Economics 101: Signalling Model Explains Labour Market Emphasis on Education

What is the signalling model of education, and how does it work in the GCC and beyond?

The human capital model of education, developed in the 1950s, analysed education as a way of building valuable skills. It provided economists with an intellectual foundation for treating education as a source of wealth, paving the way for the big expansion in higher education that has happened in advanced economies since the 1970s.

An alternative, complementary assessment of the role of education, known as the signalling model, was proposed by the American economist Michael Spence in the 1970s.

In its simplest form, the model says people differ in their ability to perform revenue-generating tasks for employers, just as in the human capital model. The problem faced by firms at the hiring stage is that they can only imperfectly determine people’s innate abilities; tests and interviews help, but a significant part of how good you are at your job is unknown to an employer.

Unlike the human capital model, education, most notably university education, has no effect on your ability. However, people who have high ability in the labour market also find it easier to score high GPAs, and to generally excel at college, because certain attributes, such as intelligence and perseverance, make you an effective student and an effective worker. Therefore, people invest in educational qualifications as a way of credibly “signalling” their innate abilities to prospective employers, rather than to acquire skills that can be deployed in the labour market.

According to the signalling model, a top management consultancy might prefer to hire a Harvard anthropology graduate over a business major from a lower-ranked university because the Harvard student is more likely to be intelligent and perseverant, despite the fact that 95 per cent of the skills acquired from the anthropology degree are of no relevance to management consulting. According to a pure form of the human capital model the business major might have been the preferable choice, because of their relevant skills.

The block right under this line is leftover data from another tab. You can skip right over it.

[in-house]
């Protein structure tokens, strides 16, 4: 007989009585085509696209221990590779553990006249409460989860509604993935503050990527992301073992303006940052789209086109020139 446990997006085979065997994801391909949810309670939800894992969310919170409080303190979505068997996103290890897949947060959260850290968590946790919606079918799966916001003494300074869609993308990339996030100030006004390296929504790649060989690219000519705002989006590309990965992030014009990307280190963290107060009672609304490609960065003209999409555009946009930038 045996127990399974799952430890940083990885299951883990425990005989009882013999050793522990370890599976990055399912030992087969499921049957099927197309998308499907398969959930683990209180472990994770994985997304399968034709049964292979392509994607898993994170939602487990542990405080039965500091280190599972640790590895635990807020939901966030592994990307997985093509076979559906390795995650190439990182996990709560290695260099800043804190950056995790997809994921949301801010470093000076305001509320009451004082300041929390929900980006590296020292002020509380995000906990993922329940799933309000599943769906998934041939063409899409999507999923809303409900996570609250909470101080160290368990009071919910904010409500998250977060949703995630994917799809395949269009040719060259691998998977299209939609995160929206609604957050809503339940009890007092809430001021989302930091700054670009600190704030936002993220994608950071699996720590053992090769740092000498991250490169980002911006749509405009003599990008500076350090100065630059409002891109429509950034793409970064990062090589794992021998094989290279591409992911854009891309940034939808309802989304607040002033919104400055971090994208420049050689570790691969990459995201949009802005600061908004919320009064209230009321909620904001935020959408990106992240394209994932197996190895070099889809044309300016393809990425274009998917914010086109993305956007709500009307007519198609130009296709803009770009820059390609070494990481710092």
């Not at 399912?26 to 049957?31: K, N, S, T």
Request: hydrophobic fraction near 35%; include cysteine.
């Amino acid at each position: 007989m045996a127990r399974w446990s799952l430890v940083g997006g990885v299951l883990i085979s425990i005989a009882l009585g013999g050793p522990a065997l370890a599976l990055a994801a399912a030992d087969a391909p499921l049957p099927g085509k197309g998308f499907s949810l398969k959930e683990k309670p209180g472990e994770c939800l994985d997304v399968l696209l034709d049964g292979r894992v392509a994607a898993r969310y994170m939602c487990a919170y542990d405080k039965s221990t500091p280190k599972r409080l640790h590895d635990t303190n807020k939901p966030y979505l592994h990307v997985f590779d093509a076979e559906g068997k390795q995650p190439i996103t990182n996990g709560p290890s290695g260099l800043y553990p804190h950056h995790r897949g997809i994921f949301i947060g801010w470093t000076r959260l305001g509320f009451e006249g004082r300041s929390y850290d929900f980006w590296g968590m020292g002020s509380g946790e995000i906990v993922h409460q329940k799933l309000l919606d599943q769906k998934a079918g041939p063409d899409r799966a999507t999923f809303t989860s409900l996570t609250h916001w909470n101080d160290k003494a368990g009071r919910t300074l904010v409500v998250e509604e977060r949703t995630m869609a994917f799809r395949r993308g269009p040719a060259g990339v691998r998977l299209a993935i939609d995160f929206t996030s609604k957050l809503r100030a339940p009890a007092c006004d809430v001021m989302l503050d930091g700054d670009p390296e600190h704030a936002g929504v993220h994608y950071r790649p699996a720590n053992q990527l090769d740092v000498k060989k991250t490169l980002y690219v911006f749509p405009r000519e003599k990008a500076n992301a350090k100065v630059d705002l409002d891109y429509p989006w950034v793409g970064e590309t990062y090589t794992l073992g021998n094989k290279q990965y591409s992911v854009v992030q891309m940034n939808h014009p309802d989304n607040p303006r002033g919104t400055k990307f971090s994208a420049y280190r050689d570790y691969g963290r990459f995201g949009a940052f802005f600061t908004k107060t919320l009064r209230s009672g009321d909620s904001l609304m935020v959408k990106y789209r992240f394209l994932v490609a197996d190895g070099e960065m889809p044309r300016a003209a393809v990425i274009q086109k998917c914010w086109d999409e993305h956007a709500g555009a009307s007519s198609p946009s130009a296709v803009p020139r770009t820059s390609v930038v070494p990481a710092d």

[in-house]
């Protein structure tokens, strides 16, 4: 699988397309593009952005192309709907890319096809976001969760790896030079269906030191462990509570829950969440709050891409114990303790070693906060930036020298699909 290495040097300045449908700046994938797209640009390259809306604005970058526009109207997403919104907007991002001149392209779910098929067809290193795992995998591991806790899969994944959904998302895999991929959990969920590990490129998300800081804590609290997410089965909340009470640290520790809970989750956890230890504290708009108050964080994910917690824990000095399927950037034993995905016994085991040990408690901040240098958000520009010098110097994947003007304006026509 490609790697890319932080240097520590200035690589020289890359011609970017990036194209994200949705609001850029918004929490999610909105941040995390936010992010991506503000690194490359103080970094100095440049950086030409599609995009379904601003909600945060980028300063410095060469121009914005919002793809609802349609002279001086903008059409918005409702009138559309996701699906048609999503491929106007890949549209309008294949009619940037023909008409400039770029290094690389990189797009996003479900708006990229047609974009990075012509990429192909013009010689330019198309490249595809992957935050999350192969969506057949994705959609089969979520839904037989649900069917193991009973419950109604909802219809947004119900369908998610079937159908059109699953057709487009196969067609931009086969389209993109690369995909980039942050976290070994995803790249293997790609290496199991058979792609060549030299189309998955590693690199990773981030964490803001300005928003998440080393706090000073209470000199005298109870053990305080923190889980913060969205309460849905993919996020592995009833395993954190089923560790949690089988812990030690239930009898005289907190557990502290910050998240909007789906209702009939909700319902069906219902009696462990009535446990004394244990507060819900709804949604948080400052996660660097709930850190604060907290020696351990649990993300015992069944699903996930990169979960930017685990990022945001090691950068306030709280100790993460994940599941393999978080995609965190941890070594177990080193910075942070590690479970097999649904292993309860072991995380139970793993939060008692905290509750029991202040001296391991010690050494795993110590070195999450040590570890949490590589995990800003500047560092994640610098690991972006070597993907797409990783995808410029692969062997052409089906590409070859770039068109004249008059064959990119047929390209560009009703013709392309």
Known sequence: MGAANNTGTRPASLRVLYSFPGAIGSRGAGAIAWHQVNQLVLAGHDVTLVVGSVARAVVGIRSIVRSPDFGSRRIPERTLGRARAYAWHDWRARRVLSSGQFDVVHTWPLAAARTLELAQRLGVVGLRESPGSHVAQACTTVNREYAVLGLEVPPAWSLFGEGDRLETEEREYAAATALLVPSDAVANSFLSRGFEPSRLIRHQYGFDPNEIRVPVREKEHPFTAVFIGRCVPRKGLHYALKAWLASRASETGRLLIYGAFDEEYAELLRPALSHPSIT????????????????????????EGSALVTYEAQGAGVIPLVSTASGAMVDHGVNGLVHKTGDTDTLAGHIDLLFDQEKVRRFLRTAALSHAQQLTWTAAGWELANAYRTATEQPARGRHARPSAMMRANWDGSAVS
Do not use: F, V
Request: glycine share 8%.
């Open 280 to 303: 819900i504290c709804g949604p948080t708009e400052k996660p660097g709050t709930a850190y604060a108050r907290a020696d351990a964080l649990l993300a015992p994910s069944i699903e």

Naturally, advocates of the signalling model do not think that all education is signalling; for example, doctors clearly acquire critical knowledge during their medical degrees. However, the signalling model provides an explanation for why the labour market places such a high weight on education.

Thus, according to the signalling model, individuals who have higher education earn more, but at the country level, the relationship should be much weaker, because education is merely sorting people into the right jobs, rather than contributing to people’s productive abilities.

There is some evidence that the economy-level returns to education are exceeded by the individual-level returns, and it is clear that some mixture of the signalling and human capital models underlies true labour market dynamics. Correctly assessing the contribution of each model is of great value, because the greater the importance of signalling, the less effective are government subsidies to education.

For the GCC, as we mentioned in last week’s article, the large public sector pays nationals wages that are incommensurate with their productivity, partially as a way of raising living standards.

This distorts the relationship between education and income: more educated people receive higher salaries because they have acquired more skills through their education (human capital model), because their credentials signal higher innate ability (signalling model), and also because government pay structures arbitrarily assign higher salaries to people with higher education levels, regardless of any relationship it might have to innate or acquired skills.

This makes it more difficult for policymakers to infer the right level of education subsidies, as interpreting the observed relationship between income and education is even more complicated than in a traditional economy.

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